Uwamariya Victoire & Kabuto Noah

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Kabuto Noah is curious about the trauma he witnesses in children who are not old enough to remember or have experienced the genocide, but have been affected by it nonetheless. Uwamariya Victoire tells him about the ways the genocide changed how lives are experienced, complicating everything from family structure to education. Most importantly, Kabuto Noah and Uwamariya Victoire discuss the ways that fear, anger, and sadness are best handled.

"You should fight for good things because you will be rewarded. Never think that, 'because someone didn’t listen to me, I should revenge.' Never think about it in your heart because you will not achieve anything. In any way, never think about revenge, even in history. Whoever wants revenge is never blessed. What you need to do is to fight for the future and do good to the one who did bad to you and show him that you didn’t give it a credit." Uwamariya Victoire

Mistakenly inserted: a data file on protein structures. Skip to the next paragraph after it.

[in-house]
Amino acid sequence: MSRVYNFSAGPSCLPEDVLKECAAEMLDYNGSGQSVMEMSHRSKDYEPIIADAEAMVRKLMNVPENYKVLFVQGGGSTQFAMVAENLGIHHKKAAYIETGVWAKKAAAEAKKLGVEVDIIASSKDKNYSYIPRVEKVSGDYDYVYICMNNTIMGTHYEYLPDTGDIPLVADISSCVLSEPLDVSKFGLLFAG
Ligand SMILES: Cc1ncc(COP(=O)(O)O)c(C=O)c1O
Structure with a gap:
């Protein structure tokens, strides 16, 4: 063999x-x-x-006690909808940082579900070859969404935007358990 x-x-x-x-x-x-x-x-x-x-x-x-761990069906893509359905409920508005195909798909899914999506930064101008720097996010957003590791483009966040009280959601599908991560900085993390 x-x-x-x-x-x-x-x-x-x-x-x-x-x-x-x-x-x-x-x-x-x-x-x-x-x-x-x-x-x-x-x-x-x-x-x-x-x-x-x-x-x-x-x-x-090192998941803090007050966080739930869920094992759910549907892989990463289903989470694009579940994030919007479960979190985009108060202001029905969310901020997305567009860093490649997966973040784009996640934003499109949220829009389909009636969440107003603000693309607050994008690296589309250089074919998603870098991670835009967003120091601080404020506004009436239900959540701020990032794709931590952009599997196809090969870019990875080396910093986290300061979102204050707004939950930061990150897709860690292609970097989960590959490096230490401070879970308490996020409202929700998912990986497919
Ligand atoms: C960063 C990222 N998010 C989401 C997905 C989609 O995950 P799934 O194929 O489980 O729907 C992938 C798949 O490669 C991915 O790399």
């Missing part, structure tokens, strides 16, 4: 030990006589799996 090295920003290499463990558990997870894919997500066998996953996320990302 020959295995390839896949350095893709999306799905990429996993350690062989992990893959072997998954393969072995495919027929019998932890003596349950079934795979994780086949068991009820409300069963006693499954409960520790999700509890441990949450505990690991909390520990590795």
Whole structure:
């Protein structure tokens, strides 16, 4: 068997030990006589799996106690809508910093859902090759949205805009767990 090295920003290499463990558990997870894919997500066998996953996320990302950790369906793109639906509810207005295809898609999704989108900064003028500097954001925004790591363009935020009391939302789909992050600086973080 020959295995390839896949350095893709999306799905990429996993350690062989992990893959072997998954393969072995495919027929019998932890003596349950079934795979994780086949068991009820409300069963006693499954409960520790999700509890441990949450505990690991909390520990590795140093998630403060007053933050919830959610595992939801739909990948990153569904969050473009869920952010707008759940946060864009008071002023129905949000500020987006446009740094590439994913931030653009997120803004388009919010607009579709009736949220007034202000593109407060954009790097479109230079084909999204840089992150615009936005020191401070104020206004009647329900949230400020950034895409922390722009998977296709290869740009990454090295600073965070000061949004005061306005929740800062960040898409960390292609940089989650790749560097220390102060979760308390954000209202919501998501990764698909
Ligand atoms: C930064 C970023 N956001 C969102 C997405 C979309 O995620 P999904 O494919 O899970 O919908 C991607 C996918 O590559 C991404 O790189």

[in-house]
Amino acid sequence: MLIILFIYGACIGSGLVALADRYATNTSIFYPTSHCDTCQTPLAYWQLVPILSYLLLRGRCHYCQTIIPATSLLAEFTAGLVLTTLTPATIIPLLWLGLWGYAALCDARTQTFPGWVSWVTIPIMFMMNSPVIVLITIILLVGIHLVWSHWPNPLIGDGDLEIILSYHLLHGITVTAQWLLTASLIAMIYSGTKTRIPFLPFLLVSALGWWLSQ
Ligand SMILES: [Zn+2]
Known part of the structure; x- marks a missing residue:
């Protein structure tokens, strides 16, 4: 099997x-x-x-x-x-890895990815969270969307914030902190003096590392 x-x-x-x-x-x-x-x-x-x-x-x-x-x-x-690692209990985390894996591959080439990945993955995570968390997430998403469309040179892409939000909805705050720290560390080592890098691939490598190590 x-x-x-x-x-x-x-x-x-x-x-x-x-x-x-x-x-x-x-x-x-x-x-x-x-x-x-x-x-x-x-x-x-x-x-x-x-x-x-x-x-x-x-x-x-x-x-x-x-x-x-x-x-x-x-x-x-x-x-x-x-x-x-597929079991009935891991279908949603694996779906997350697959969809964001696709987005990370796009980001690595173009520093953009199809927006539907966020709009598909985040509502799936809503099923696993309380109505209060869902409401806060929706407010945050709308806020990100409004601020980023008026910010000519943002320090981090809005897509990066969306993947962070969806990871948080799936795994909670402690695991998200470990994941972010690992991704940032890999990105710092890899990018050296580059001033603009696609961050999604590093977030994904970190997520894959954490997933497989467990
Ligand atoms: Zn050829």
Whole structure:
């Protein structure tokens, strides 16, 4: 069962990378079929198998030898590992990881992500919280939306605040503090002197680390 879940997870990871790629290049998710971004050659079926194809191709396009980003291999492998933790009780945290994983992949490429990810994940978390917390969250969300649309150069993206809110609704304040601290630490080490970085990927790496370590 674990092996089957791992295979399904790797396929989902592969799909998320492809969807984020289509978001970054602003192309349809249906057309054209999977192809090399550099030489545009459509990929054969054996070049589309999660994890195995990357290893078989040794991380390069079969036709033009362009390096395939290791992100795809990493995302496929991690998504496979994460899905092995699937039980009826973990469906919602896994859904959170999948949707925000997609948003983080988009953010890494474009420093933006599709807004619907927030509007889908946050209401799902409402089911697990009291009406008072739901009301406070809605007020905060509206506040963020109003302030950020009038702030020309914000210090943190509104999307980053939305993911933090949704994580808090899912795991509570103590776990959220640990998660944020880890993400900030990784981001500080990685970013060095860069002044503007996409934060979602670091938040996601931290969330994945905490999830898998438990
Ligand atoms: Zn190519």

"When I see in Rwanda where we live, there are some families which are poor, you find children cannot go to school because of failing to get school fees....Was it like that before? I normally ask myself if it was like that before." Kabuto Noah

Listen in Kinyarwanda : 
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SEPTEMBER 2014 - Archival Science 14 (Nos. 3-4, 2014): 275-306. Available here


OCTOBER 2014 - Founder and Director Patricia Pasick, Ph.D. has been honored as a 2014 Purpose Prize Fellow which recognizes “outstanding social innovators over aged 60 who are working to change the world by finding solutions to challenging social problems.“

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